The City has poorer schools and higher taxes than most of the burbs. When my wife and I were looking for a house we chose our area because of the nice school district as well as no local income tax. Living in the city would force me to pay an extra 2% in income tax that living outside of it. As talked about in a different thread if I could get my kids into the German Language School and then Walnut Hills I would be fine with CPS schools, but outside of that the CPS schools are a disappointment.
    isn't Clark a good school? It is at least revolutionary, I know that. I think it may have been the first montessori high school in the country.

    As a basis for comparison, Pittsburgh has really attacked its school system's problems head on for the past decade, and the schools have improved dramatically. They implemented accelerated learning programs for poorer-performing schools (extending their school year, even) and instituted nationally-recognized teacher development programs, among other initiatives. It has coincided, not coincidentally, with an explosion of business in the city, including the aforementioned Google coup. But then, our taxes are quite high. Three percent city income tax, two percent of which is for schools. And property taxes are high, not to mention recently decentralized, so they are messy to boot.
    There is no such thing as a pitching prospect.

  7. #111
    Waitin til next year bucksfan2's Avatar
    Join Date
    Dec 2006
    Location
    Cincinnati
    Posts
    10,290

    Re: Why hasn't Cincinnati grown as a city?

    Quote Originally Posted by camisadelgolf View Post
    It's a little bit of a madhouse on the weekends. The same thing happened to Northside a few years back. I hate it. But on the weekdays, if you're into good music and/or good beer, it's a pretty good time.
    Can't say the same for good music, but good beer can be found everywhere now. This is a little off topic but there has been an explosion of craft beer across america. It used to be you would go to a bar and the only beers you could find were the mass produced beers. Now what used to be unique to the Northside and OTR and more "hipster" joints are found in most local bar/restaurants. Go to any decent bar and they will have a couple of craft seasonal beers on tap.

    OTR I am kinda meh about. They have some nice areas, but there comes a time when "trendy" gets a little too expensive and a little too crowded. Went to Senate a year or so ago and spent $75 on a cheeseburger, hot dog, and beer.

  8. #112
    breath westofyou's Avatar
    Join Date
    Oct 2000
    Location
    PDX
    Posts
    43,276

    Re: Why hasn't Cincinnati grown as a city?

    This is a little off topic but there has been an explosion of craft beer across america.
    I just quoted you on my Prodigy account via my 486

  9. #113
    Member
    Join Date
    Aug 2002
    Posts
    161

    Re: Why hasn't Cincinnati grown as a city?

    BTW, downtown is absolutely growing - it has been growing about 12% a year since 2009 - not sure any area should grow any quicker than that. It will likely increase over the next few years as the next phases of the Banks and condos in OTR emerge. My guess is that the casino will also significantly help Pendleton and the eastern portion of OTR. There has also been a 25% crime drop in the past 10 years.

    Again, downtown Cincinnati is far from perfect but IMO it's much better than any downtown area in the region outside of Chicago.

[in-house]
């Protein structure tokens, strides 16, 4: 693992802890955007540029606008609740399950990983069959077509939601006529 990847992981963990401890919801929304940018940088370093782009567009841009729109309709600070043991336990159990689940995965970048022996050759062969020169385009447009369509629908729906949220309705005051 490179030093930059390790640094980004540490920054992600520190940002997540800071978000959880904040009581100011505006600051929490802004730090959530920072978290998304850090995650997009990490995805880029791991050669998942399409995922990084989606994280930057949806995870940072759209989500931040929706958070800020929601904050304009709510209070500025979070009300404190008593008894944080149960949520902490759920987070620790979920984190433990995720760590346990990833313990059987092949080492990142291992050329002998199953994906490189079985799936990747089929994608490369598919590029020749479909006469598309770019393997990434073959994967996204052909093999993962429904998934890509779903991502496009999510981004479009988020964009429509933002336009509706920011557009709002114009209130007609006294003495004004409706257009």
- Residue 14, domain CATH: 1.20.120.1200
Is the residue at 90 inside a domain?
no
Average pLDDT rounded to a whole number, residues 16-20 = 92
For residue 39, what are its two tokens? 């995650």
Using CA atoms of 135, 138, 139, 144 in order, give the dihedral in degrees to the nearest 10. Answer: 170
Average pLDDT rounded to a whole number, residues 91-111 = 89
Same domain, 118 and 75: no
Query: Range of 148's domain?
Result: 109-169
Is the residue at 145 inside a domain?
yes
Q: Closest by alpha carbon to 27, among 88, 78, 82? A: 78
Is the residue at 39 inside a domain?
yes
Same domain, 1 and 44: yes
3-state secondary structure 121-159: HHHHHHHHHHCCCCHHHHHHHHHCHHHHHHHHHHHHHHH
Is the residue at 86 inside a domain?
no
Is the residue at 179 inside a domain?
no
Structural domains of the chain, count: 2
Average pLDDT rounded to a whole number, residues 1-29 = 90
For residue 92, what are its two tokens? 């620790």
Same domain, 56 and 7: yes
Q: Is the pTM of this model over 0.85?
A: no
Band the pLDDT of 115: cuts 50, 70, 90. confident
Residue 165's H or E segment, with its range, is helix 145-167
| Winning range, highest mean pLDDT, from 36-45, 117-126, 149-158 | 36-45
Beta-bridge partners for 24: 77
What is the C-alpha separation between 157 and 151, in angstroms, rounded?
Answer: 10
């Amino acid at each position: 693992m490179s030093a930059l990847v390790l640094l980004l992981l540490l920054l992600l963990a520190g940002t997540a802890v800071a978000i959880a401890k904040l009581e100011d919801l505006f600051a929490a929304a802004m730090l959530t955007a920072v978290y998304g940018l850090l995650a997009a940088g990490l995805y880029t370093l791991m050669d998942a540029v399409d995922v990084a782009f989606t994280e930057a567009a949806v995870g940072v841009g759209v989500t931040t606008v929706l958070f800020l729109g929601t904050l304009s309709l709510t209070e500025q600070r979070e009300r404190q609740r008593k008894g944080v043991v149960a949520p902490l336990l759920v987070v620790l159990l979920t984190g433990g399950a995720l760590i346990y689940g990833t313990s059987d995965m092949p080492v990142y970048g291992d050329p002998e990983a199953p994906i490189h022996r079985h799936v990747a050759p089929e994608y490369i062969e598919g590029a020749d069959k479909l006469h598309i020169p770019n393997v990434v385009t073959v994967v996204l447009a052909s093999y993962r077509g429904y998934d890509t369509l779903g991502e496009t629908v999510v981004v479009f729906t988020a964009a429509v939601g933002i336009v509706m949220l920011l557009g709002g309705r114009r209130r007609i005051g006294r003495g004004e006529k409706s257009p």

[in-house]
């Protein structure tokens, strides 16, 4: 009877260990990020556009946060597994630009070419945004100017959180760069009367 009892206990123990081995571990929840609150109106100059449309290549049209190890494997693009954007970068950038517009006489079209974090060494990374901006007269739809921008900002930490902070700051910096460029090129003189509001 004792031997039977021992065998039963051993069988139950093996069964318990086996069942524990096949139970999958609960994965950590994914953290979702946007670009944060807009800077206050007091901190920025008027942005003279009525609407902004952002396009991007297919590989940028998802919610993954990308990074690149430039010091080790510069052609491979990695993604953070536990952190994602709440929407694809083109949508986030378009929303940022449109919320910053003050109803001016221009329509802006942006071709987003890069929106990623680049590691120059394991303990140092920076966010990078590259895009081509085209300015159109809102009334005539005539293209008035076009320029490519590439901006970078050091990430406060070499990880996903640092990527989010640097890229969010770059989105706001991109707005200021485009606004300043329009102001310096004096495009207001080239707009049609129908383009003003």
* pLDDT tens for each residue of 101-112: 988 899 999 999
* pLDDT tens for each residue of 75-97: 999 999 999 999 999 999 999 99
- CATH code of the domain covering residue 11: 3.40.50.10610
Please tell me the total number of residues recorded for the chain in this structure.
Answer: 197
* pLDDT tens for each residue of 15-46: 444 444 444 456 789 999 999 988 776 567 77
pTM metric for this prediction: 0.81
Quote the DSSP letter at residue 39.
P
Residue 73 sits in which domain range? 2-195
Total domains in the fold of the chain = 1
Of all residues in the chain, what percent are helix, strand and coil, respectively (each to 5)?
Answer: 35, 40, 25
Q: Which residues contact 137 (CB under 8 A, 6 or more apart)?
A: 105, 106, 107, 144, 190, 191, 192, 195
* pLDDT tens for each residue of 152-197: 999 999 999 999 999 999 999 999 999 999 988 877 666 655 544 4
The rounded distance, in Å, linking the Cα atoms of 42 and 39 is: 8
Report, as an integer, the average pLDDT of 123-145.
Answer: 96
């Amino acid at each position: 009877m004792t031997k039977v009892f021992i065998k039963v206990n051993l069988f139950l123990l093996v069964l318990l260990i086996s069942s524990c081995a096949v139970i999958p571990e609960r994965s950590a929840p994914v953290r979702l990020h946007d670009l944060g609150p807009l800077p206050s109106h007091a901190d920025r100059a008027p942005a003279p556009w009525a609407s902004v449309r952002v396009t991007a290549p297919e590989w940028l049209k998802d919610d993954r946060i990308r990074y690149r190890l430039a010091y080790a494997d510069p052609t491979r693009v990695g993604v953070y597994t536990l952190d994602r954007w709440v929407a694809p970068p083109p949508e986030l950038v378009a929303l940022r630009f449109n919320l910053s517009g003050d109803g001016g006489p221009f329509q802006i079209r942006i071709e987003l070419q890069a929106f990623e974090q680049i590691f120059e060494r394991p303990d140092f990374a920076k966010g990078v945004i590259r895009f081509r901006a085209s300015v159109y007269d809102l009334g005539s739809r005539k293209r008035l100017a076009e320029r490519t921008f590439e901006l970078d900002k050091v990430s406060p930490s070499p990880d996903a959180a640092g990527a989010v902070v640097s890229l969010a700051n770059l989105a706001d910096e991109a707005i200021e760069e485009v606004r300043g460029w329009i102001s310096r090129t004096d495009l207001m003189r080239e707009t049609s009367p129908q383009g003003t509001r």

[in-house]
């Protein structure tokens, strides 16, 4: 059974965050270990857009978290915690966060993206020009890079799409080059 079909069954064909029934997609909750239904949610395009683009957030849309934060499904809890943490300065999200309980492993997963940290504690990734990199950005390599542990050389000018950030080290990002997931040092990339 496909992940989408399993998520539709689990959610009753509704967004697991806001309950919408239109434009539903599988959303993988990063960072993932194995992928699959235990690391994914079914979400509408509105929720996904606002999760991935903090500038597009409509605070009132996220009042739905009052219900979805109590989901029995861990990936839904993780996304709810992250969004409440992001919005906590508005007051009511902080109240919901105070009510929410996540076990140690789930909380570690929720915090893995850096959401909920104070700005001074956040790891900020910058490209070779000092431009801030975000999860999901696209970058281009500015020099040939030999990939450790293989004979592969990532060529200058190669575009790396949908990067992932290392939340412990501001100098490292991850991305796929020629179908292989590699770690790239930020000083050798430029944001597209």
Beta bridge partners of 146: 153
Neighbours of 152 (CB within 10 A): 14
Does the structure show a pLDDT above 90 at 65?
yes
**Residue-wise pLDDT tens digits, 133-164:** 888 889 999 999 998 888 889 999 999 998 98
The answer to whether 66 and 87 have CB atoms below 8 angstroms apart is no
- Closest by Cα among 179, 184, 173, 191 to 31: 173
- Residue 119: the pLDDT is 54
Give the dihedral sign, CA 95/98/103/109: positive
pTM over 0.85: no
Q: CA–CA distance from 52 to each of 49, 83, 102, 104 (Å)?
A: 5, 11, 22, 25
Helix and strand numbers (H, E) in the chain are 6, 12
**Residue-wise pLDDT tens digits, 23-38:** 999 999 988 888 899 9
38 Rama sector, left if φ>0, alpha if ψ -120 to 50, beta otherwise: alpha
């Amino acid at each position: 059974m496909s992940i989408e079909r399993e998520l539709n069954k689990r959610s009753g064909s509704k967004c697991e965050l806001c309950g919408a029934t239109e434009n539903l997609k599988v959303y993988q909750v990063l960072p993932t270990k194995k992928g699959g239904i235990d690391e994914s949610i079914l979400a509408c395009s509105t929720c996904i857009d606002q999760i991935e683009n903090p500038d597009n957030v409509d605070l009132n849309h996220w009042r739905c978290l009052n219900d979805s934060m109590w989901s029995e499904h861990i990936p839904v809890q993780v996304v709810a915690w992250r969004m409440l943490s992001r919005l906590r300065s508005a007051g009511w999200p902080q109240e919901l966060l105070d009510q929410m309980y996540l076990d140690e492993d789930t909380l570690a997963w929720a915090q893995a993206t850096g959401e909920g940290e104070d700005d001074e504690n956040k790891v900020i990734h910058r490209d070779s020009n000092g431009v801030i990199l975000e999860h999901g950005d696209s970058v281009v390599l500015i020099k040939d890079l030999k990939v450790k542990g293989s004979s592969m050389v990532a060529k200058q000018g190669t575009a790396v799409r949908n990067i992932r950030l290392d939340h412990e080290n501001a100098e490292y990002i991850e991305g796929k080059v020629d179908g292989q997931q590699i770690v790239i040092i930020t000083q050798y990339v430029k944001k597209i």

10. #114
    A Little to the Left Redsfaithful's Avatar
    Join Date
    May 2002
    Location
    Bexley, OH
    Posts
    7,469

    Re: Why hasn't Cincinnati grown as a city?

    Quote Originally Posted by Bob Sheed View Post
    I have hung out in 7 or 8 different college towns. There are some sketchy parts outside of OSU. Beyond that, I have yet to find anything even remotely as sketchy as Clifton. And on campus? Nowhere else even comes close.


    I never said Cincinnati wasn't safe. Comparatively, I think it is quite safe.

    But Clifton, compared to most other college areas? It's not even close.
    I've lived on and off campus at OSU and lived off campus in Clifton, and OSU is more Disney-fied, but it's really not that big of a difference. I never had problems running at night around either campus.

    But it's been 10-11 years since I lived in Clifton, so it could be worse now I guess.
    We are all in the gutter, but some of us are looking at the stars.
    --Oscar Wilde

  11. #115
    Mon chou Choo vaticanplum's Avatar
    Join Date
    Sep 2005
    Location
    Pittsburgh
    Posts
    7,250

    Re: Why hasn't Cincinnati grown as a city?

    Quote Originally Posted by cooperlamar View Post
    BTW, downtown is absolutely growing - it has been growing about 12% a year since 2009 - not sure any area should grow any quicker than that. It will likely increase over the next few years as the next phases of the Banks and condos in OTR emerge. My guess is that the casino will also significantly help Pendleton and the eastern portion of OTR. There has also been a 25% crime drop in the past 10 years.

    Again, downtown Cincinnati is far from perfect but IMO it's much better than any downtown area in the region outside of Chicago.
    I looked (for fun, not really seriously) at a few of the condos going up in downtown Cincinnati when I was living there in 2008. I would love to have lived there, but there were a few major problems.

    They ranged in price from about $200-220K for a studio or a one-bedroom. That, to me, seemed incredibly high, particularly for two reasons: 1. Property taxes notwithstanding, housing in Cincinnati tends to be cheap compared to other urban areas. $200K will buy you a lot of house in much of the city. So it seemed silly to spend that much money on a studio apartment. 2. Public transporation is difficult in Cincinnati. On the weekends, the exact time a resident of downtown would want to get out, maybe, it would take hours to get anywhere on a bus. That's the reason, IMHO, that a comparison with a city like Chicago can't be made. One of the major reasons one can usually afford a $200K condo downtown is because one saves a lot of money by not owning a car. That is not the case in Cincinnati.